Another Co-Chair is former Senator Sam Brownback who was US Ambassador at Large for Religious Freedoms, a Trump appointee, reporting directly to “over religious” Secretary of State, Mike Pompeo. Given he appears to be a deeply religious Roman Catholic, this seems, on the surface, an appropriate role but draws criticism from several quarters. He is anti-abortion. As Governor of Kansas his was the first State to withdraw from the refugee resettlement program, he also created Kansas Senate Bill 79, which prohibited Kansas courts from considering cultural aspects, such as Sharia Law, when making decisions. Furthermore, he rescinded an executive order prohibiting discrimination against state employees on the basis of their sexual orientation. As the Council on American-Islamic Relations pointed out: “Only under the Trump administration would someone so opposed to the constitutional rights of an American faith community be appointed to safeguarding international religious freedom”. Couple that with the fact that Brownback co-authored an op-ed with then Republican senators, Pompeo and Roberts, regarding relocations of Muslim prisoners from Guantanamo Bay to anywhere, as long as it wasn’t the USA, Brownback, with his anti-gender, anti-abortion, pro-Muslim rendition and detention without conviction stances as well as oblivious to cultural differences, seems to be a political appointee. According to the Epoch times, Brownback also supports and New Cold War against Communist China.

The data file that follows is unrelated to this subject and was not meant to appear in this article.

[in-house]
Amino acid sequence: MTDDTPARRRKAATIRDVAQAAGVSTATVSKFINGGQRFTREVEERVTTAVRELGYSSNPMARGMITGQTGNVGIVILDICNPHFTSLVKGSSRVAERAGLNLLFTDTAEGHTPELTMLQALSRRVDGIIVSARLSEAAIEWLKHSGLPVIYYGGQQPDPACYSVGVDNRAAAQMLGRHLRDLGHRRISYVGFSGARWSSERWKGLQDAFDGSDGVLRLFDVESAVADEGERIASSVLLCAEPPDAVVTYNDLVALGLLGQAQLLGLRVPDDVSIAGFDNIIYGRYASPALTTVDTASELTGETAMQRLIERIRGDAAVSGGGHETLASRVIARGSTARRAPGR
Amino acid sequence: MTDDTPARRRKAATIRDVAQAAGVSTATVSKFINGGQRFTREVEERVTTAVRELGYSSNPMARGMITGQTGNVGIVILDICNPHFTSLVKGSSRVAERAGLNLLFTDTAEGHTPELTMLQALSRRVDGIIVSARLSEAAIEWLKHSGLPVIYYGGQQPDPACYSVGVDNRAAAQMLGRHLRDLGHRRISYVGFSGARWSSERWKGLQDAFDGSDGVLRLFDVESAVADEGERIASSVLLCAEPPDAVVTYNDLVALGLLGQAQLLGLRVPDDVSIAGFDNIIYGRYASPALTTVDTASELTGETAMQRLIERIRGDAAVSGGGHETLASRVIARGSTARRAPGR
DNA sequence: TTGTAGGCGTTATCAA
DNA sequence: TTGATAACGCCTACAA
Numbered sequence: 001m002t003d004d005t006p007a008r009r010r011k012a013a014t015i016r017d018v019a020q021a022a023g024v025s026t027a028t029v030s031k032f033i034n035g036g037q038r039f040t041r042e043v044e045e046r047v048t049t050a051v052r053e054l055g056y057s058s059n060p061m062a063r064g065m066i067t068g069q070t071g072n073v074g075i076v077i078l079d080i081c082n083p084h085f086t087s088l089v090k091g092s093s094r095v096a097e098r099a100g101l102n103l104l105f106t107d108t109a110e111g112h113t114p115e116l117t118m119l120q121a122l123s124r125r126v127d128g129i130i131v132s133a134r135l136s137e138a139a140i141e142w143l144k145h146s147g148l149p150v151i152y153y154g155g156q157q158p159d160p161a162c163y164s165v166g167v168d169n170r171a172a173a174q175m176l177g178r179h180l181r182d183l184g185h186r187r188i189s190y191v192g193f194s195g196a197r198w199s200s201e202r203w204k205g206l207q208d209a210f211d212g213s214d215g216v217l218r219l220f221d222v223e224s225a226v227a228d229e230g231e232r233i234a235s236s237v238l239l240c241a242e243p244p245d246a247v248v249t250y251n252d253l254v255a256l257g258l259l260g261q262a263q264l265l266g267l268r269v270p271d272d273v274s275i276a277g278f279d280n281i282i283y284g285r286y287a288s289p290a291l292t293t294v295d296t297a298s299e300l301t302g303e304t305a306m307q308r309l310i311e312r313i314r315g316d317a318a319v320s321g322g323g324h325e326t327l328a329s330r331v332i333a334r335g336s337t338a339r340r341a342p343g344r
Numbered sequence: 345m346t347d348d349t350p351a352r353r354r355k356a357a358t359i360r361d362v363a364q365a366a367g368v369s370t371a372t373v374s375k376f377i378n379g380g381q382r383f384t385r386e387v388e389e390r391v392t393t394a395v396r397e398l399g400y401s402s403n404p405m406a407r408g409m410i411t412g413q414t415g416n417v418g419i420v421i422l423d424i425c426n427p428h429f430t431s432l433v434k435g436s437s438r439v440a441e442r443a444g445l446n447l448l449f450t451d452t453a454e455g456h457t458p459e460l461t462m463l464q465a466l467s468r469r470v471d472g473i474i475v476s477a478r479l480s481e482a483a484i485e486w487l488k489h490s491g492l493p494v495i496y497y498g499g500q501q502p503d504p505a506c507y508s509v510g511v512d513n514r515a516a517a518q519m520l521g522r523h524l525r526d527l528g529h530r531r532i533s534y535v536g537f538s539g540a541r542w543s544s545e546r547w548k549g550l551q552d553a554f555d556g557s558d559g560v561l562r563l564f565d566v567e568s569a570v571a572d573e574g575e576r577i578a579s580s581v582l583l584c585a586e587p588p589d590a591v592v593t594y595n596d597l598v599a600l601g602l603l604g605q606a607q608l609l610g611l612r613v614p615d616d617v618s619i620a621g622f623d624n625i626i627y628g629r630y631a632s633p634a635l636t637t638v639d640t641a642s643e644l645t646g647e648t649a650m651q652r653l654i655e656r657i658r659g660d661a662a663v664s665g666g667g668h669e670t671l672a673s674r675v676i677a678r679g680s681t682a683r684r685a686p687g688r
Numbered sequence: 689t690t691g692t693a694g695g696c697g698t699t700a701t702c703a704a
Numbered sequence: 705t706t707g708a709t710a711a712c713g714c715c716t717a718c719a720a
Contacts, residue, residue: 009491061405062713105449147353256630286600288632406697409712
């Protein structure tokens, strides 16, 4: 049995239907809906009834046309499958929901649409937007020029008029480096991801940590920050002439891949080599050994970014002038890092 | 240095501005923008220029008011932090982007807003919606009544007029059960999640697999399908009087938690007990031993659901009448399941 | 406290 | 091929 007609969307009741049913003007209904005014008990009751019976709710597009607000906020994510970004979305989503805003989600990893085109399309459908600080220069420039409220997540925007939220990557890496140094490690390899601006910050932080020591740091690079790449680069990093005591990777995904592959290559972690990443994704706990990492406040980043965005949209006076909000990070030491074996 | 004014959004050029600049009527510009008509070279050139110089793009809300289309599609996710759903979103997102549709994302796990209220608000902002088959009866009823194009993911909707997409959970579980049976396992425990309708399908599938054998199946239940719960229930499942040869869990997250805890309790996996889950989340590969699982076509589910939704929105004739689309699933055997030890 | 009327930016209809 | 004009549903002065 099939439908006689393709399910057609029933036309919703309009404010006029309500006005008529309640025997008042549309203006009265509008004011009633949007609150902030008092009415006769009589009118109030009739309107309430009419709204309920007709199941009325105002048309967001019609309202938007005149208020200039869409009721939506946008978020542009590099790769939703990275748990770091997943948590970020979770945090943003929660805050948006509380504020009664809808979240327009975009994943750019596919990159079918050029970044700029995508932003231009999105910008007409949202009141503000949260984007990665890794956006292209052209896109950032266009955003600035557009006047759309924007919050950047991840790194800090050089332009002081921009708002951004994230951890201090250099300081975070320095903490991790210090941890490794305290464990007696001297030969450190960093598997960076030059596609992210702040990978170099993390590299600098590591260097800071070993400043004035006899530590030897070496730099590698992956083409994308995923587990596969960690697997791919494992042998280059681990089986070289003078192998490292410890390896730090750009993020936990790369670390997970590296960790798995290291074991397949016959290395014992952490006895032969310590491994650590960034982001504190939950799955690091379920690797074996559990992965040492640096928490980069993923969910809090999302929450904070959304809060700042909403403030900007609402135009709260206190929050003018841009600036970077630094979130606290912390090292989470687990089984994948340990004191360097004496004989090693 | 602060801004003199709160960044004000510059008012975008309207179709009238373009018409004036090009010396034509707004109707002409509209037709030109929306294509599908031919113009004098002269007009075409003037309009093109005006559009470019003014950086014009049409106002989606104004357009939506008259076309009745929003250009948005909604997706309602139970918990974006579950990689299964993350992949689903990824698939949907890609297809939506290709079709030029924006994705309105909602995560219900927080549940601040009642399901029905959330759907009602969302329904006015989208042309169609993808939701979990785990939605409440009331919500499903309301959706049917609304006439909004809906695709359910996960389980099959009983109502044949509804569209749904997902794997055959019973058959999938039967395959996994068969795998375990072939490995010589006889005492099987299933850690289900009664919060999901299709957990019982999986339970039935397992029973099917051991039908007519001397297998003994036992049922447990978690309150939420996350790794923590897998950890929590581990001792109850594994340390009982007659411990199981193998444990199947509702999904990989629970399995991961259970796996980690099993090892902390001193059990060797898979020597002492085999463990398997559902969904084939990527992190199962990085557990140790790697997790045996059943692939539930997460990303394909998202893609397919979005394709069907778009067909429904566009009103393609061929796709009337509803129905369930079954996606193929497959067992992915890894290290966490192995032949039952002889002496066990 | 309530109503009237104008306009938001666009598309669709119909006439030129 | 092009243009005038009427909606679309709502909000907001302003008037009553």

Congressman Mike McCaul, is a Co-Chair. He also Chairs the “China Task Force” which has a mandate to “hold the CCP accountable” and has written over 400 anti-China policy recommendations.
Perhaps to demonstrate bipartisanship, two democrats fill the final co-chair positions Gregory Meeks, former chair of the House Committee on Foreign Affairs, who travelled with Nancy Pelosi on her ill-advised trip to Taiwan, and Jacky Rosen of Nevada, who is convinced that the DPRK and China are threats to US interests both in military and cyber-security.